Appeal from judgment of sentence of Court of Common Pleas, Trial Division, of Philadelphia, Oct. T., 1972, No. 1938, in case of Commonwealth of Pennsylvania v. Ernest Colding.
John W. Packel, Assistant Defender, and Benjamin Lerner, Defender, for appellant.
Hugh Colihan, Mark Sendrow, and Steven H. Goldblatt, Assistant District Attorneys, Abraham J. Gafni, Deputy District Attorney, and F. Emmett Fitzpatrick, District Attorney, for Commonwealth, appellee.
Watkins, P. J., Jacobs, Hoffman, Cercone, Price, Van der Voort, and Spaeth, JJ. Opinion by Jacobs, J. Concurring Opinion by Van der Voort, J. Dissenting Opinion by Spaeth, J. Hoffman, J., joins in this opinion.
[ 237 Pa. Super. Page 614]
On December 12, 1972, appellant pled guilty to aggravated robbery on Bill No. 1938 of October Term, 1972. On the same date, he was sentenced to a term of confinement*fn1 for "time in to four years."*fn2 On December 15, 1972, a hearing was held to reconsider the sentence. The trial court vacated the sentence of December 12, 1972, and placed appellant on four years probation with the same condition as to restitution. On June 5, 1974, appellant was found to have violated the conditions of his probation. The trial court revoked appellant's probation, and sentenced him to a term of confinement of one and one-half to three years, sentence to be computed from January 8, 1974. This appeal followed.
The appellant contends that the sentence imposed after revocation of probation is violative of the double jeopardy proscription*fn3 in that the minimum sentence of
[ 237 Pa. Super. Page 615]
one and one-half years exceeds the minimum sentence originally imposed.
Initially, we must decide whether or not the appellant has properly invoked the proscription against double jeopardy; we must determine how many sentences have been imposed. See Commonwealth v. Foster, 229 Pa. Superior Ct. 269, 324 A.2d 538 (1974).
In the instant case, the original sentence was "vacated." In Commonwealth v. Tomlin, 232 Pa. Superior Ct. 147, 150, 336 A.2d 407, 409 (1975), we stated that the effect of vacating a sentence is indistinguishable from cases in which a definite sentence is suspended.*fn4 Vacating the original sentence does not render the sentence void for purposes of double jeopardy. Therefore, our attention is properly focused on two sentences, the original sentence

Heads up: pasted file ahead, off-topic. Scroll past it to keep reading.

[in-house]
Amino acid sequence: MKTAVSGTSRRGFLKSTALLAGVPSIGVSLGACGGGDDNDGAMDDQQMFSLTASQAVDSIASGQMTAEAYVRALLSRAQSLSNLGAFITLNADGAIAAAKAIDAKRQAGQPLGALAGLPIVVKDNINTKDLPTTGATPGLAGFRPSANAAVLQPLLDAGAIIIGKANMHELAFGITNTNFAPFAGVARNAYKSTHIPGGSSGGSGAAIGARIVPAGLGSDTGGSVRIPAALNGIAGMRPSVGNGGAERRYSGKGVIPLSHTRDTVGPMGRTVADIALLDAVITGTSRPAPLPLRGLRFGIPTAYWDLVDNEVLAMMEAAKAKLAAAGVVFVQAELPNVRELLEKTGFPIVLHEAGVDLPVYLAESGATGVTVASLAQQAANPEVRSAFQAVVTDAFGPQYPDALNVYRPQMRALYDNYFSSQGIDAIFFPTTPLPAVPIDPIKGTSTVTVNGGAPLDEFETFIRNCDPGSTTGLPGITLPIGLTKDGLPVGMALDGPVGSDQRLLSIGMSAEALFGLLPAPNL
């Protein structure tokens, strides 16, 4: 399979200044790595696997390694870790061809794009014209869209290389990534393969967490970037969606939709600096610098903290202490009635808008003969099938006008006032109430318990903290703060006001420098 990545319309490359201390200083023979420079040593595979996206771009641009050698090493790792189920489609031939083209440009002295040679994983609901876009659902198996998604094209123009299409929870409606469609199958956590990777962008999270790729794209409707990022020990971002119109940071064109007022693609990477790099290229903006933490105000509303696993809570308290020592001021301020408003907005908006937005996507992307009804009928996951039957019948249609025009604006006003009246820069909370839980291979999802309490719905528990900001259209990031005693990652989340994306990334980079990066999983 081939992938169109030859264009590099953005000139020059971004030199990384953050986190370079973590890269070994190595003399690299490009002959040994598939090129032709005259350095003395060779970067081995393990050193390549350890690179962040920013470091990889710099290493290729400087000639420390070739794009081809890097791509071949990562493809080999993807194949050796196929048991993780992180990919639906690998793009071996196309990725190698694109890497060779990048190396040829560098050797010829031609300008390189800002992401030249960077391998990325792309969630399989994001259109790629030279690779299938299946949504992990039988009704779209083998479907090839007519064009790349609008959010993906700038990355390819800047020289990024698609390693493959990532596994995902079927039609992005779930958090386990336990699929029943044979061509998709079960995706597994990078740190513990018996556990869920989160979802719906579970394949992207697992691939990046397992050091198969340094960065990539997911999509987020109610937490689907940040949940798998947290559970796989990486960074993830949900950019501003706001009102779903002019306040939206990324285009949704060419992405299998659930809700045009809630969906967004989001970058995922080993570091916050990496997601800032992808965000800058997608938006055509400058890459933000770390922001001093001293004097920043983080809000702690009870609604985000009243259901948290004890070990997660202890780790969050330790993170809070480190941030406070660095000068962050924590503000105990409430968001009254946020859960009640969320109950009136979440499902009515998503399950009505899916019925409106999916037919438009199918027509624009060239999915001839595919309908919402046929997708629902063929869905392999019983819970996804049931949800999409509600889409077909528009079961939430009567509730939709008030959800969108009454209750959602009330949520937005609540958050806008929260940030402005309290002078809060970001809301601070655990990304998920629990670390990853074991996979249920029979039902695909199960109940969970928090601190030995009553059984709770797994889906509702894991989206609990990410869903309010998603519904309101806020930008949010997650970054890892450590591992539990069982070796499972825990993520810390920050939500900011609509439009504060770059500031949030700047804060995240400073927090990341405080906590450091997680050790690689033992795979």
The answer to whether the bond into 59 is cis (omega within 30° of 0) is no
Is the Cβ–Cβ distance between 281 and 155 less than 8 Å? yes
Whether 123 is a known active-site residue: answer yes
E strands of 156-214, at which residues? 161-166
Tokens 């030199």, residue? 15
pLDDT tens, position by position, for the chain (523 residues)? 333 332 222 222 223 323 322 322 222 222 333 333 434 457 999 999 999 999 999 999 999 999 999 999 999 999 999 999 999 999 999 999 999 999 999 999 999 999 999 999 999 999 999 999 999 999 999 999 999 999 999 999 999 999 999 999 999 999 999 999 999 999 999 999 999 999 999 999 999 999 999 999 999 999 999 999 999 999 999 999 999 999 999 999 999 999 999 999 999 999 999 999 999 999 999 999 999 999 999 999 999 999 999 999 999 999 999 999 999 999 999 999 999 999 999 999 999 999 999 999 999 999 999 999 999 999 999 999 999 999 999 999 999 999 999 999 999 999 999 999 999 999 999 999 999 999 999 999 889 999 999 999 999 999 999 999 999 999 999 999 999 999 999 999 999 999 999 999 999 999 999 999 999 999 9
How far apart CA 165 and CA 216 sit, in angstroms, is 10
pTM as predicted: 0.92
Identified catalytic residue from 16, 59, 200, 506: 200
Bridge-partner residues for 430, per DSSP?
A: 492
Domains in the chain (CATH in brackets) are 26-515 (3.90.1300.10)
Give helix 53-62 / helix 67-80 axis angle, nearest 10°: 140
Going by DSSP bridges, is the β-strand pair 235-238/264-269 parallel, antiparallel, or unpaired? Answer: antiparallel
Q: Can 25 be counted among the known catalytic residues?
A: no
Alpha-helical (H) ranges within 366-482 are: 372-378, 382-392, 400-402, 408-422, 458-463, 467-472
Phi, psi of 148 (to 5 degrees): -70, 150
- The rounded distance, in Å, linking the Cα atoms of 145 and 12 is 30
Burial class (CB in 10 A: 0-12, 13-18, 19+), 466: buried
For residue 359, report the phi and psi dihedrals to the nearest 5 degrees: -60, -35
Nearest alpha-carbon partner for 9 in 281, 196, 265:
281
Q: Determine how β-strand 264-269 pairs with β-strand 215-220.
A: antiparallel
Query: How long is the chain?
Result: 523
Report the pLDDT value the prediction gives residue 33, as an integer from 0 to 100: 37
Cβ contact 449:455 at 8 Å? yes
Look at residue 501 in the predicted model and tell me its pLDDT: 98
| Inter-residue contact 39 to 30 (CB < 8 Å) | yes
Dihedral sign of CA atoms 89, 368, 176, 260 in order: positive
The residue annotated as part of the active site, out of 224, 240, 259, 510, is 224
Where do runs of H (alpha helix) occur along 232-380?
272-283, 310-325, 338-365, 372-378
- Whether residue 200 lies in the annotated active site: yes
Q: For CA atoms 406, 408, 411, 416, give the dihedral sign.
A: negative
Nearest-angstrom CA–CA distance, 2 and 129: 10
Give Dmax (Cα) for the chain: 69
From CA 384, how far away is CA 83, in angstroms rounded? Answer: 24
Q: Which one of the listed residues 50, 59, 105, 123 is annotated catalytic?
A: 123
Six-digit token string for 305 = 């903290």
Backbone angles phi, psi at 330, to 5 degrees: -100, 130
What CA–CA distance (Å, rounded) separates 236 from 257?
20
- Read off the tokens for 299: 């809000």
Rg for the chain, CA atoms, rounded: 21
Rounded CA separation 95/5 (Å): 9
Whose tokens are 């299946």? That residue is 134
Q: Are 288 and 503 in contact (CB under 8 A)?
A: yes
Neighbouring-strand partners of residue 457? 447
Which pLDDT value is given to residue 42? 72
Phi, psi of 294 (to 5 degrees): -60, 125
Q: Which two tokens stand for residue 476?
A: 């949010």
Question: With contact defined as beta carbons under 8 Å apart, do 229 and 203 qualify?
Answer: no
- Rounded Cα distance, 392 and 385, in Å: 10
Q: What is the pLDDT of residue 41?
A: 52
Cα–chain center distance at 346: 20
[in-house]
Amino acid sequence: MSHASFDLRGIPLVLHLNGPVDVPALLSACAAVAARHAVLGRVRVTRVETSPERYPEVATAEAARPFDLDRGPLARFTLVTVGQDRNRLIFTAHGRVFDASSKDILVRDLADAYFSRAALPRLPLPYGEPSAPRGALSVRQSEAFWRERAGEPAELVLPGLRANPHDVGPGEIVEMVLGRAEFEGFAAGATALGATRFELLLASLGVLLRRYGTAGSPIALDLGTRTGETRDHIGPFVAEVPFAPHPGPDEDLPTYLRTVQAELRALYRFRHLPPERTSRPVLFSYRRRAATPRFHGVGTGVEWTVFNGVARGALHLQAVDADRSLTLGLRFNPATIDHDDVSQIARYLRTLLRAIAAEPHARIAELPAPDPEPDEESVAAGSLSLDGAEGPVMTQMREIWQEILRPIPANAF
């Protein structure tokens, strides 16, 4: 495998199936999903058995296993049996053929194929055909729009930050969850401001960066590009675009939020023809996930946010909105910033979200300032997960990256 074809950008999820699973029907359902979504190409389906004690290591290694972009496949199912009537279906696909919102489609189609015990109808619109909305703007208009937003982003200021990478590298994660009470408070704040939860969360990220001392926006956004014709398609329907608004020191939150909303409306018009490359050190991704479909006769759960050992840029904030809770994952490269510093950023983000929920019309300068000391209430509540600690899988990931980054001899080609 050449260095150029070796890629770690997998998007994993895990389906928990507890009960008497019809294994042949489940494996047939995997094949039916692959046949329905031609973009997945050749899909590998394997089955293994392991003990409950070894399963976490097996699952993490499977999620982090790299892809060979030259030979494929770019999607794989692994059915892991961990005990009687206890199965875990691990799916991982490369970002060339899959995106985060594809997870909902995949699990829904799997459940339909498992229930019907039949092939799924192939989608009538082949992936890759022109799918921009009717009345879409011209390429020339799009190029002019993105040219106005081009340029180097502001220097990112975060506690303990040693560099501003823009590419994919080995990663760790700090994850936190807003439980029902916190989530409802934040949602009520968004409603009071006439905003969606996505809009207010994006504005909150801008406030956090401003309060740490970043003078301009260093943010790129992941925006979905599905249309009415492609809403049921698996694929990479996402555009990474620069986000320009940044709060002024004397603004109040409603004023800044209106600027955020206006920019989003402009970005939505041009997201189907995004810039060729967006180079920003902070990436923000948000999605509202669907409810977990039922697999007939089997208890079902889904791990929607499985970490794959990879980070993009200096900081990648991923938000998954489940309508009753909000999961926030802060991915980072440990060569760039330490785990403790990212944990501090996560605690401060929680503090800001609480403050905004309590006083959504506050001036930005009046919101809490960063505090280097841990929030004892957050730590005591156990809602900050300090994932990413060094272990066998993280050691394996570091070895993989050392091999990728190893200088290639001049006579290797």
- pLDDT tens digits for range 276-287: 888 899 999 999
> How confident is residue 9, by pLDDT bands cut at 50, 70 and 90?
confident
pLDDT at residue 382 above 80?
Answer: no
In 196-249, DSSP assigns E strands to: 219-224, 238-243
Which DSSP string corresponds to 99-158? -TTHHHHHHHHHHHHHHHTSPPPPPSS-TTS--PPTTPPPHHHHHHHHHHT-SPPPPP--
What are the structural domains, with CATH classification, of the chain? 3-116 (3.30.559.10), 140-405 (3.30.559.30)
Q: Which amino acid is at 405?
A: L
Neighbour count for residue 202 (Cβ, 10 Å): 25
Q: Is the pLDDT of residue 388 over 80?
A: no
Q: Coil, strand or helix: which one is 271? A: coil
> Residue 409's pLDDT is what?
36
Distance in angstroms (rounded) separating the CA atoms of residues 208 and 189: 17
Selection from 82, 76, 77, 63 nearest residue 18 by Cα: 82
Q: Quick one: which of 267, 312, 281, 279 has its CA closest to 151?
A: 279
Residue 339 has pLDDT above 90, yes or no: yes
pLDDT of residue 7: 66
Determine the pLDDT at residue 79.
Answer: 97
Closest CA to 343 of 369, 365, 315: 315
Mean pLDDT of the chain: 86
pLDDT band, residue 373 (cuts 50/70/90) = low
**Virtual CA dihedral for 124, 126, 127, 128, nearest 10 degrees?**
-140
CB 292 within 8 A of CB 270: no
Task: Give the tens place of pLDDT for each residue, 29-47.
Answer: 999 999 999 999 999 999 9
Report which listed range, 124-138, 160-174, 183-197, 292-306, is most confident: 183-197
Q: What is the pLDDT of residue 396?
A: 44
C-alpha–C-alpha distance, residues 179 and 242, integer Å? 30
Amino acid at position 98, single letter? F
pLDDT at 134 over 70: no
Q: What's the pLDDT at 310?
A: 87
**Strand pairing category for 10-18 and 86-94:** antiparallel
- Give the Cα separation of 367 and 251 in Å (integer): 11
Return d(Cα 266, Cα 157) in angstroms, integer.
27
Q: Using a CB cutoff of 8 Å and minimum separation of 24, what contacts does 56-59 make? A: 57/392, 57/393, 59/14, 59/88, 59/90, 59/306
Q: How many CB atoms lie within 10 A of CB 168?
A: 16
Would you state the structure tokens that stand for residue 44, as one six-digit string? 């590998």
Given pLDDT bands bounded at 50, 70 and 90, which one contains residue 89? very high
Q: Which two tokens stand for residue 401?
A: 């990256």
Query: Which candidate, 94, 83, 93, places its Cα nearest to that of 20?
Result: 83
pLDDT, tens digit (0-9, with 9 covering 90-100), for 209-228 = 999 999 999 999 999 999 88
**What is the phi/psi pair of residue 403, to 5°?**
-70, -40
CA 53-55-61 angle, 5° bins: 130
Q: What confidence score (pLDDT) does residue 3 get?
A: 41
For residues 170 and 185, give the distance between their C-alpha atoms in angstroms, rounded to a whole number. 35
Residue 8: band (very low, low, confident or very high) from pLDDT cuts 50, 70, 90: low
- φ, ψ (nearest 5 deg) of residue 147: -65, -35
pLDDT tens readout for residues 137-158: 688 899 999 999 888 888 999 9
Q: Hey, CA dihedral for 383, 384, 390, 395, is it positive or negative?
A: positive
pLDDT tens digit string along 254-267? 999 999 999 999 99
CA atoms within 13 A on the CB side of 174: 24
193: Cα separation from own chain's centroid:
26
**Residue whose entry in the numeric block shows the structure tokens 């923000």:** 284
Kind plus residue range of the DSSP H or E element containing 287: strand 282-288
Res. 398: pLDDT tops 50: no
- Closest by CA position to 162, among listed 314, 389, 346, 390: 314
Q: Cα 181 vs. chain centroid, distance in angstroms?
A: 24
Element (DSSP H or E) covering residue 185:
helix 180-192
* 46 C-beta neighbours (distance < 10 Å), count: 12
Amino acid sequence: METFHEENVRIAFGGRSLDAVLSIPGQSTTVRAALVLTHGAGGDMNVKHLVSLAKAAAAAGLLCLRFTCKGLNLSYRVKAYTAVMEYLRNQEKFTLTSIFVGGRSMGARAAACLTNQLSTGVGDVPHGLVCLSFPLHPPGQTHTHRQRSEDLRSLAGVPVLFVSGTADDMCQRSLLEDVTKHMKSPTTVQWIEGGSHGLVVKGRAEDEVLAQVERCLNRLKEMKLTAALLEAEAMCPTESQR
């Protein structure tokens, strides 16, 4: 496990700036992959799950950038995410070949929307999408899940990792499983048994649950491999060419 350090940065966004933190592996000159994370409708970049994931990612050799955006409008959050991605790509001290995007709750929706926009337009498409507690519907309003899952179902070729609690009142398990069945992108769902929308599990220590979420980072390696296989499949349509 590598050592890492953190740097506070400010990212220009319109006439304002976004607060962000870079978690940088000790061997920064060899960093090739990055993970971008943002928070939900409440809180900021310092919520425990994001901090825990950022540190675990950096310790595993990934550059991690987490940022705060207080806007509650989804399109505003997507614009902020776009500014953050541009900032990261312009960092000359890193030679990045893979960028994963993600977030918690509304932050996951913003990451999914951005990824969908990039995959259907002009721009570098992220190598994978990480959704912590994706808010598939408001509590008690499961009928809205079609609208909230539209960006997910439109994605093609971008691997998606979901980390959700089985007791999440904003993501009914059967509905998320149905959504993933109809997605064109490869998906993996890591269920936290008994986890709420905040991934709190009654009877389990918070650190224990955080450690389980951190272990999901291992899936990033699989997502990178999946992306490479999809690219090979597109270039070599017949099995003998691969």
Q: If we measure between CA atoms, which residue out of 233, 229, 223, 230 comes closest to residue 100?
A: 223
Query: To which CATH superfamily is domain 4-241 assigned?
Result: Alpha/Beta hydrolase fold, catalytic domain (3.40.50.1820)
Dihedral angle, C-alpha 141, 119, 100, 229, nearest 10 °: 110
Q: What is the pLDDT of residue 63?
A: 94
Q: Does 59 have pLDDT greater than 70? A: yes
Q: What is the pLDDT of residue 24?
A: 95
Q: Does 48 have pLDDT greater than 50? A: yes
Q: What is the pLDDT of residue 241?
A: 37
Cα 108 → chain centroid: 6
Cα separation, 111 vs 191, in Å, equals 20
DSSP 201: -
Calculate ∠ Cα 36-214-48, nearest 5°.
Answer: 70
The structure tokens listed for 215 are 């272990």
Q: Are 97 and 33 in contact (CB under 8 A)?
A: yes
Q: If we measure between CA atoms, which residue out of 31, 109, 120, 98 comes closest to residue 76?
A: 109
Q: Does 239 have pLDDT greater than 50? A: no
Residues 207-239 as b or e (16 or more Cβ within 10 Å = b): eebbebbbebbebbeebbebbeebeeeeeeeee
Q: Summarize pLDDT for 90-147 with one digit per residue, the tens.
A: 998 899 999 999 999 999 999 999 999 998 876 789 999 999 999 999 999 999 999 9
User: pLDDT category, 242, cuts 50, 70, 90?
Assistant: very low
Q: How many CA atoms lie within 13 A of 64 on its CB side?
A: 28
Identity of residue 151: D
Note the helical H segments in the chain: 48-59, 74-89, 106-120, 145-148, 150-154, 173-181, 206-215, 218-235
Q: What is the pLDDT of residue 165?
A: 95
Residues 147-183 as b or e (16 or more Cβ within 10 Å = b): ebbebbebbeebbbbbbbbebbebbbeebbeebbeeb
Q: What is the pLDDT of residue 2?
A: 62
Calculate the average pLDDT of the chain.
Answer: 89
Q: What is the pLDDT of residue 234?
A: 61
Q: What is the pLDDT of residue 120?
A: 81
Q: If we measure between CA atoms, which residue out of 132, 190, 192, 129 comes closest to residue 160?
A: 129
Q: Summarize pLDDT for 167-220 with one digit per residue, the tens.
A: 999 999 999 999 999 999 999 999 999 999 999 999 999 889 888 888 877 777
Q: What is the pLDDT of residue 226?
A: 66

[ 237 Pa. Super. Page 616]
of "time in to four years," and the subsequent sentence of one and one-half to three years.*fn5
The seminal case involving this claim of double jeopardy is North Carolina v. Pearce, 395 U.S. 711 (1969), which dealt with the problem of reconviction and resentencing where on appeal by the defendant, the original sentence had been set aside. The Court in North Carolina v. Pearce, supra at 723 held ". . . that neither the double jeopardy provision nor the Equal Protection Clause imposes an absolute bar to a more severe sentence upon reconviction." However, the Court concluded that due process ". . . requires that vindictiveness against a defendant for having successfully attacked his first conviction must play no part in the sentence he receives after a new trial. And since the fear of such vindictiveness may unconstitutionally deter a defendant's exercise of the right to appeal or collaterally attack his first conviction, due process ...